It is not surprising that many women choose to stay silent when attacked on a personal front. The reaction to them speaking out and defending themselves is so toxic, laced in misogyny and negative rhetoric that one has to have nerves of steel, a monumental social media team and a very thick skin to brave the storm after.
When the same was unleashed on Kubra, I’m sure many women thought twice about raising a voice for themselves. It required too much emotional baggage and strength, inner courage and stoicism, and so much more to deal with the backlash – from trolling social media accounts to conversations on private chats and private living rooms, it is not just the bots who have filth in their minds but some very educated, well read, men and women who seem to think that anything or everything can be said about women, especially women who hail from the showbiz industry or whose work requires them to be present on a public platform – yes, it’s 2023, but never mind that, we are stuck in a time warp or perhaps, even regressing at some level.
And that is precisely why Kubra Khan must be supported. because not only did she stand up to her perpetrators but she also went a step ahead by initiating legal battle against them, so that it wasn’t just about clapping back on twitter but something more staunch, and lasting.
She might not know it now, but for all the women who stayed silent, Kubra spoke for them too!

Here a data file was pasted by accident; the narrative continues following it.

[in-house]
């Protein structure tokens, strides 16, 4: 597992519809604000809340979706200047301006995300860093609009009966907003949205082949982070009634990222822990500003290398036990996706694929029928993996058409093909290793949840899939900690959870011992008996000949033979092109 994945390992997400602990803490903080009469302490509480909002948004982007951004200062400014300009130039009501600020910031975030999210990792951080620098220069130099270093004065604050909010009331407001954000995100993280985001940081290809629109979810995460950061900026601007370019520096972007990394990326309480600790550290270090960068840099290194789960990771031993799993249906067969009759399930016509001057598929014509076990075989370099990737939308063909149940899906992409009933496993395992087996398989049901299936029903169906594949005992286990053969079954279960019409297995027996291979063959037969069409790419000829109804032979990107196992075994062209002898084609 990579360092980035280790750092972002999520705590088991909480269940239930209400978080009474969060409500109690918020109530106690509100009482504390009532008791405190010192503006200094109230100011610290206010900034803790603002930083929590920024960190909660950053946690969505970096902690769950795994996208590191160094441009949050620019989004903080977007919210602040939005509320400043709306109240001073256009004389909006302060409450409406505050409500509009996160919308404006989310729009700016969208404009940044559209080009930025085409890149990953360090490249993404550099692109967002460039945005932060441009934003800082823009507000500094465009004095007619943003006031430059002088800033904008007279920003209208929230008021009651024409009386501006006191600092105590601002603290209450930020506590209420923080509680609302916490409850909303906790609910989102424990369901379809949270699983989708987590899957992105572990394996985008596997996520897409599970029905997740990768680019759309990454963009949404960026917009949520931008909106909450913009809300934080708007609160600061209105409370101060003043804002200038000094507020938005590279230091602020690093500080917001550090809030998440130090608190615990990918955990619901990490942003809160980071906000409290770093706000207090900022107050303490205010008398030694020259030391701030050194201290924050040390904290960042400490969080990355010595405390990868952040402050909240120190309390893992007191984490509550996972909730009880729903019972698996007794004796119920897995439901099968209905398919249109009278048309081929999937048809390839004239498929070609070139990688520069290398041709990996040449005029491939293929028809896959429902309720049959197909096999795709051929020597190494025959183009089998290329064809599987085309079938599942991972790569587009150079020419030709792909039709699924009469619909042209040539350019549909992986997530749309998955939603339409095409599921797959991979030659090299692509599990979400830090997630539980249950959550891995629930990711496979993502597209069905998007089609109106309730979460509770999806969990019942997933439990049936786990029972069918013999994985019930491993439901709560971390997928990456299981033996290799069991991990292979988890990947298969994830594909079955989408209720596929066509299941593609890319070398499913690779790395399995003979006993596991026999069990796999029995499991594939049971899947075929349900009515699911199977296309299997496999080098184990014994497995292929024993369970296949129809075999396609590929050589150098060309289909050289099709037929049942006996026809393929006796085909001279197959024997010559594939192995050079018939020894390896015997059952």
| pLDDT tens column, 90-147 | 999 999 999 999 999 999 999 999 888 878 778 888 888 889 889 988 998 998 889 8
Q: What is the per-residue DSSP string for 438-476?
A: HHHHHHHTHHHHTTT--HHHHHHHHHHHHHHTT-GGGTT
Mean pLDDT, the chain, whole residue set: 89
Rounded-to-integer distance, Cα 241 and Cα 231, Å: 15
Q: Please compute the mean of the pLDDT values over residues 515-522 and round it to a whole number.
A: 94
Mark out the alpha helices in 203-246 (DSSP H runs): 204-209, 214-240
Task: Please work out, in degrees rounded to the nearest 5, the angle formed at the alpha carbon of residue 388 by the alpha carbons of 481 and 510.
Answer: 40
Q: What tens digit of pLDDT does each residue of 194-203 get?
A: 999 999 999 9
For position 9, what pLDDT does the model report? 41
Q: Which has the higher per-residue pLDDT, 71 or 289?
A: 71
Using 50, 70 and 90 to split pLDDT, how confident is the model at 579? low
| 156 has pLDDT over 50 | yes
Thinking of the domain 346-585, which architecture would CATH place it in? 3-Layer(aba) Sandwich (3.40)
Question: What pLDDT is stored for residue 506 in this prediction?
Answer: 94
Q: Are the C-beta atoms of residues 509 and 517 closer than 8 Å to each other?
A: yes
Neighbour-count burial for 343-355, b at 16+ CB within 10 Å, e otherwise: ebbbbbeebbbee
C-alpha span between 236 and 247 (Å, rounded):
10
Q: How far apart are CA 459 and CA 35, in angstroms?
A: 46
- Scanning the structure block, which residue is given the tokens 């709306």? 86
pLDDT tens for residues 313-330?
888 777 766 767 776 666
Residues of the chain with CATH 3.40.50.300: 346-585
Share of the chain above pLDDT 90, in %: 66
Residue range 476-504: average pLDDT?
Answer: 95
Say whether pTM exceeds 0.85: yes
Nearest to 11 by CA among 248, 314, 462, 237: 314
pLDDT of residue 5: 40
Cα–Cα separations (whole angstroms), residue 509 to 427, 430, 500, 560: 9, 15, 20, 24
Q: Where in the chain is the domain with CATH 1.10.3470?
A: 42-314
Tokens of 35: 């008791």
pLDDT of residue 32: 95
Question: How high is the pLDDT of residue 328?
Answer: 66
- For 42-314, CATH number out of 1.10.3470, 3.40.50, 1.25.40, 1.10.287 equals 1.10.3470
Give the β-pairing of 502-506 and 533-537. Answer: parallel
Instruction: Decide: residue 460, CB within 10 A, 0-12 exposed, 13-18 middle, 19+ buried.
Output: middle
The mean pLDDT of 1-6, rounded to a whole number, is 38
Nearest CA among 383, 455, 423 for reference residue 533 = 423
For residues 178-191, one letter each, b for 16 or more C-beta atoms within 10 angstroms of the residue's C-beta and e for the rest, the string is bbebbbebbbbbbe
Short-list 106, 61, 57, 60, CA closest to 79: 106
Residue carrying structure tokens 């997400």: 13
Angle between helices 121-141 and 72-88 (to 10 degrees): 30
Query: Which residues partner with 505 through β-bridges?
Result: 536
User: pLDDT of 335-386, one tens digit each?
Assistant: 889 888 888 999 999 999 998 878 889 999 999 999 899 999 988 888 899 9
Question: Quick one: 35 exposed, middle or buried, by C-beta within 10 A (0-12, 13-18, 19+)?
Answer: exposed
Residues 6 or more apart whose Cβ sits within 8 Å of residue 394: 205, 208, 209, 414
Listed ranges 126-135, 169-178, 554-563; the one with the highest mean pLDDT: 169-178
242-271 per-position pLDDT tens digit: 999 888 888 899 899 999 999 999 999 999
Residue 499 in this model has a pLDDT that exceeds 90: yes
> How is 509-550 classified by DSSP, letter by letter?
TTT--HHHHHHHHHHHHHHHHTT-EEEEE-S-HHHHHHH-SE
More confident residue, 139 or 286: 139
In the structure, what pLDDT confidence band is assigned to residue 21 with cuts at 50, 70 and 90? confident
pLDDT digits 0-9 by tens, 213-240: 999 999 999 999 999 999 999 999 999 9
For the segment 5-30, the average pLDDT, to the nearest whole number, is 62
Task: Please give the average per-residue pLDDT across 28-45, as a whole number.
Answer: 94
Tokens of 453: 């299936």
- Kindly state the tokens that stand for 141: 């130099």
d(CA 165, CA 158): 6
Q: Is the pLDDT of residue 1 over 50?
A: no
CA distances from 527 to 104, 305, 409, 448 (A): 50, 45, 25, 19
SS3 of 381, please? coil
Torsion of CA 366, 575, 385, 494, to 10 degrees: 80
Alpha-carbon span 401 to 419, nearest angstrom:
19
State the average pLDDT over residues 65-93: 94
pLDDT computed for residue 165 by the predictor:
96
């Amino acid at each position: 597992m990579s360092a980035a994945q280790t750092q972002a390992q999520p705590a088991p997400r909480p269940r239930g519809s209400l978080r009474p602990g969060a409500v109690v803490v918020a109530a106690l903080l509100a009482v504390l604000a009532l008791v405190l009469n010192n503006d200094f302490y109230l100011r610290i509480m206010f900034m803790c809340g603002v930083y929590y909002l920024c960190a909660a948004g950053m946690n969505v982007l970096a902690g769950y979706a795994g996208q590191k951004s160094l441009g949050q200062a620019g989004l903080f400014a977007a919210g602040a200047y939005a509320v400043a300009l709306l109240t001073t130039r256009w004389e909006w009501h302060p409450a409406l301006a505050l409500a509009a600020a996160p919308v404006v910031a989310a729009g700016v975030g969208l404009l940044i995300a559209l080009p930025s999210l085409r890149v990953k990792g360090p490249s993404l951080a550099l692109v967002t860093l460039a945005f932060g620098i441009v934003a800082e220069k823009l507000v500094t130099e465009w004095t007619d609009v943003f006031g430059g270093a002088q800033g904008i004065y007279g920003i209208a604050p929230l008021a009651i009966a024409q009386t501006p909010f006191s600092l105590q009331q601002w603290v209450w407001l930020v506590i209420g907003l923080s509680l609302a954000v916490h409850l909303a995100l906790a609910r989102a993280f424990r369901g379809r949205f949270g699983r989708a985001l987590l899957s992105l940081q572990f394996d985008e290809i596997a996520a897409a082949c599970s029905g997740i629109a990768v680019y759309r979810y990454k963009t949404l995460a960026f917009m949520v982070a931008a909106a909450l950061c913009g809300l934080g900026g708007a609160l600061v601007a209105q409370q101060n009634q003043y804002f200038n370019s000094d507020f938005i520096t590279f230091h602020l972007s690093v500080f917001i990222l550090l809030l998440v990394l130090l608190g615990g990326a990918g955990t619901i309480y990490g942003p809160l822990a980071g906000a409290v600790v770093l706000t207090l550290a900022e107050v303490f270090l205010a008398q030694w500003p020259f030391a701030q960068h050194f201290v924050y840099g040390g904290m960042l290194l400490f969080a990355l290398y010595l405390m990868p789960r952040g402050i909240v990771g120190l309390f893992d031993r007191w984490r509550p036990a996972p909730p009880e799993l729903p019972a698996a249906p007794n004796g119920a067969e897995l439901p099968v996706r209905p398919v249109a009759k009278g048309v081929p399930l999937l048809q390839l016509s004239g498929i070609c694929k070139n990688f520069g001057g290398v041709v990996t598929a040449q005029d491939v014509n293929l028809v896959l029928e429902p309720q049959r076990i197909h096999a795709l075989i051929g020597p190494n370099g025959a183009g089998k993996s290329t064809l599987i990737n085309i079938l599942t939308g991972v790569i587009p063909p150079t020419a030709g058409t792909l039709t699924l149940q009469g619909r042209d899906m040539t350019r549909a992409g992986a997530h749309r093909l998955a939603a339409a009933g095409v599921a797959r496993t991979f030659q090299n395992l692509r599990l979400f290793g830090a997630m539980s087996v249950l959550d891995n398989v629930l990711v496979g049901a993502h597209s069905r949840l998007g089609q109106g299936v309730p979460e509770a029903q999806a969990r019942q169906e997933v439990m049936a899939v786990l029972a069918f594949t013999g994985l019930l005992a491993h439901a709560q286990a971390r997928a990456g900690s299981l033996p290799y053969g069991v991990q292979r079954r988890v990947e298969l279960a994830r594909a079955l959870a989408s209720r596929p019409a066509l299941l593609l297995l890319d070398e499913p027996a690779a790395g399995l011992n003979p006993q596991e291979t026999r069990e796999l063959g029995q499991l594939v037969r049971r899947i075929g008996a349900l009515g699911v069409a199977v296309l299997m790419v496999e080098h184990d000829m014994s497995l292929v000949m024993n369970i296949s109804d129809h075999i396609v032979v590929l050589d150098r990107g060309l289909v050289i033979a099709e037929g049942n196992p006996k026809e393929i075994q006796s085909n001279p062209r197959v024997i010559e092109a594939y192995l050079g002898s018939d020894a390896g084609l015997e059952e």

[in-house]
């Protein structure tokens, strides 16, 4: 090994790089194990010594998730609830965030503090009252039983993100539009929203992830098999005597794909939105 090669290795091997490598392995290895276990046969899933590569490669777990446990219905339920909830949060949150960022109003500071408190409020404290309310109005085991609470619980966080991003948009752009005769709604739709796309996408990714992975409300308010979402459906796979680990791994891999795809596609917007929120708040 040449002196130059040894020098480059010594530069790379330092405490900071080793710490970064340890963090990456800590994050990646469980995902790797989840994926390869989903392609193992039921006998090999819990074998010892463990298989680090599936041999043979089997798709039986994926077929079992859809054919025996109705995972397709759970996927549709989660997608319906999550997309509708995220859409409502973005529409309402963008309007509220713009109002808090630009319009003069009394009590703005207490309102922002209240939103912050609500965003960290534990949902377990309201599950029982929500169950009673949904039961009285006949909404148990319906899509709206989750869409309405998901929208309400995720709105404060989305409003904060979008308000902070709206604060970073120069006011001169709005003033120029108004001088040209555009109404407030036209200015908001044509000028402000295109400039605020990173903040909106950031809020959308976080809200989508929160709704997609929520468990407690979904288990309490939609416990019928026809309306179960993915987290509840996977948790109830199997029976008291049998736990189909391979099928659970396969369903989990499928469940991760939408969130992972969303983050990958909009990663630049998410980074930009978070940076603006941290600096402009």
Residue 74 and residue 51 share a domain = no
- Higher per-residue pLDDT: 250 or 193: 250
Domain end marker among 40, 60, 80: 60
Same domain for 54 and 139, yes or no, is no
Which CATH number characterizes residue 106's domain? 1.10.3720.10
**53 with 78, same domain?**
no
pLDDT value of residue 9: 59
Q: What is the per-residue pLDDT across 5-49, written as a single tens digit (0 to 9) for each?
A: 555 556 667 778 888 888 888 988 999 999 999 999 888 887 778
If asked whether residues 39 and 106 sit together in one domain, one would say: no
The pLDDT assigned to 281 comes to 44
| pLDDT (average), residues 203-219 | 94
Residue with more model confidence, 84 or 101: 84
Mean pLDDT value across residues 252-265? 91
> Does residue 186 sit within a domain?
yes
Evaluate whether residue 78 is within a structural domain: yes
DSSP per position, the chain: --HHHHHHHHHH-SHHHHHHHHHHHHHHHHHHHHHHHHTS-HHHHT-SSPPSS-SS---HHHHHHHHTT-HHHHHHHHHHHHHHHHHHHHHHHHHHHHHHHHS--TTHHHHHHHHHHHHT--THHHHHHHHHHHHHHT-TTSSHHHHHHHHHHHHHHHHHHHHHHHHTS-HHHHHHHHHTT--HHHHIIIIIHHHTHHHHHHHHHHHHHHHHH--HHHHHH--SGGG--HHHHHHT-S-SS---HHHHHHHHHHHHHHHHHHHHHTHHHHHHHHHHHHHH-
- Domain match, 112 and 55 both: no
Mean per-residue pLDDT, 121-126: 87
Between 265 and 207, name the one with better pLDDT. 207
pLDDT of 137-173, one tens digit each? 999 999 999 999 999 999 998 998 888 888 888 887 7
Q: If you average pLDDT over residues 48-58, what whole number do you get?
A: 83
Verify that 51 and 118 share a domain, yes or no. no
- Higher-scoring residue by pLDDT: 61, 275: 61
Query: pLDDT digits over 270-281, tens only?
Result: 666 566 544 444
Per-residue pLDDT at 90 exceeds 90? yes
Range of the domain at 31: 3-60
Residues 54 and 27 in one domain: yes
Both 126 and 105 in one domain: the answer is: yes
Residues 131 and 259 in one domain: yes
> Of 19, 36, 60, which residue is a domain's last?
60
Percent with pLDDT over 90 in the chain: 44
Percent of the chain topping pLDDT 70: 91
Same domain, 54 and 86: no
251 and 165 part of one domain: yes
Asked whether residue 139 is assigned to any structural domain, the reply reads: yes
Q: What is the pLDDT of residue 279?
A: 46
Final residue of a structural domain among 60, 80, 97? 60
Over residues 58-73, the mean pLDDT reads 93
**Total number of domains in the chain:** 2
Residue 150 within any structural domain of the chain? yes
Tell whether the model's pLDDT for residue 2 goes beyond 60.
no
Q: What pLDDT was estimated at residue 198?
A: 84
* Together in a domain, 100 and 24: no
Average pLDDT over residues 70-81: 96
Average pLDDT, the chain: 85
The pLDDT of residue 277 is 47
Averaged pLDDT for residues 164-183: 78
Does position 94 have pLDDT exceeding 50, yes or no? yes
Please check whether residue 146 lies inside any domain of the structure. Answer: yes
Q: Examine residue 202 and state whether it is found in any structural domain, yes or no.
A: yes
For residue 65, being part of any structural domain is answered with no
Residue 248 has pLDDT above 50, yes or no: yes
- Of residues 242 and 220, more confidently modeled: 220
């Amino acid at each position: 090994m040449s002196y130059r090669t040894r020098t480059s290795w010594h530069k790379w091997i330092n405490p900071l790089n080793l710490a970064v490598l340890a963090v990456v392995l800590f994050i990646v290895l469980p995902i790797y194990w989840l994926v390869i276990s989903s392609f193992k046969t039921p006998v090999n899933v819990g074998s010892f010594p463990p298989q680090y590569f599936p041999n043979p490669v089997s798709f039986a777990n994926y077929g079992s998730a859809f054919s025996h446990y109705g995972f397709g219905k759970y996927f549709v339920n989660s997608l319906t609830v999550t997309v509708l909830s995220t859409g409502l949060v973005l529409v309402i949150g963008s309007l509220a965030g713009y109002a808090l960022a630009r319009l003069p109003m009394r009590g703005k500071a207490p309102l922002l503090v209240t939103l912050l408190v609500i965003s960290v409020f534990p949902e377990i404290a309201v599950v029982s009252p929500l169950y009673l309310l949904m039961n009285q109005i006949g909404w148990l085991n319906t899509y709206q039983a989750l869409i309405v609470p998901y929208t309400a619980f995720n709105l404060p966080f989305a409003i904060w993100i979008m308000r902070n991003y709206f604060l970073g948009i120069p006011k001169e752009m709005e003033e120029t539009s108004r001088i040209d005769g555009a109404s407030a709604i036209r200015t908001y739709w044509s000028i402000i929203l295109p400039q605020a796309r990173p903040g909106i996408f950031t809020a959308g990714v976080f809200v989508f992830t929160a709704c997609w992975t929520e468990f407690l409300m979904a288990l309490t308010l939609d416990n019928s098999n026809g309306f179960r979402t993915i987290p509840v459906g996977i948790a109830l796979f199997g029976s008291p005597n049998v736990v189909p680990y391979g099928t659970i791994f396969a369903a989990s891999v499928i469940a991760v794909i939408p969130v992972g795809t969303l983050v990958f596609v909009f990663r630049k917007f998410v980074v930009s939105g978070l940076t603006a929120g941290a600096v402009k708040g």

Kubra demanded the taking down of trolling accounts who were spreading untruths and mis-allegations about her and also demanded an out and out apology and a retracting of the public statement by Mr Adil Raja who had blatantly called out women, (it does not matter who they are, or that they were ‘mere’ initials), but just the fact that he felt entitled enough to do it. And the fact that it got some people, many people, thinking that: does it really happen, and oh yeah, of course it does, (see how our minds work), to naah, couldn’t beTHEM!
Why would we want to think like that? Because of the words uttered by one person on the internet? You tell me, I’m just asking the questions.
And you know what, it doesn’t matter whether it was a specific person named or not. The fact is that people think women can be named and shamed into silence. And so my question to you is: why does it matter to anyone what happens behind closed doors? Why do people think that women are participating voluntarily in any, or all cases of truth or allegations (this is for all the videos that went viral, because they too, were women, living, breathing, in the flesh, sensitive human beings) and why do we feel we have a right to judge them?
Why do initials even matter? It is wrong of anyone to malign, slander or call out women. Full stop.
Why is no one talking about men…why is it only the women who should feel they need to defend their honour? Because you know she won’t fight back? She’ll slip away into the quiet of the night or abstain from ever using social media again or suffer in silence? And when a woman does defend herself, she is made the target of relentless misogyny and trolling. Like I said earlier, our society only respects the image of a Mother Teresa or a battered, beaten, weak woman. The moment she is strong and stands up for herself, she opens herself up to more trolling and hate speech and judgement calls.
When did we become this ugly, judgemental misogynistic society?
So once again, thank you for standing up and speaking up Kubra Khan – you make every woman proud and you might not know it now, but you spoke for all those women who cannot speak!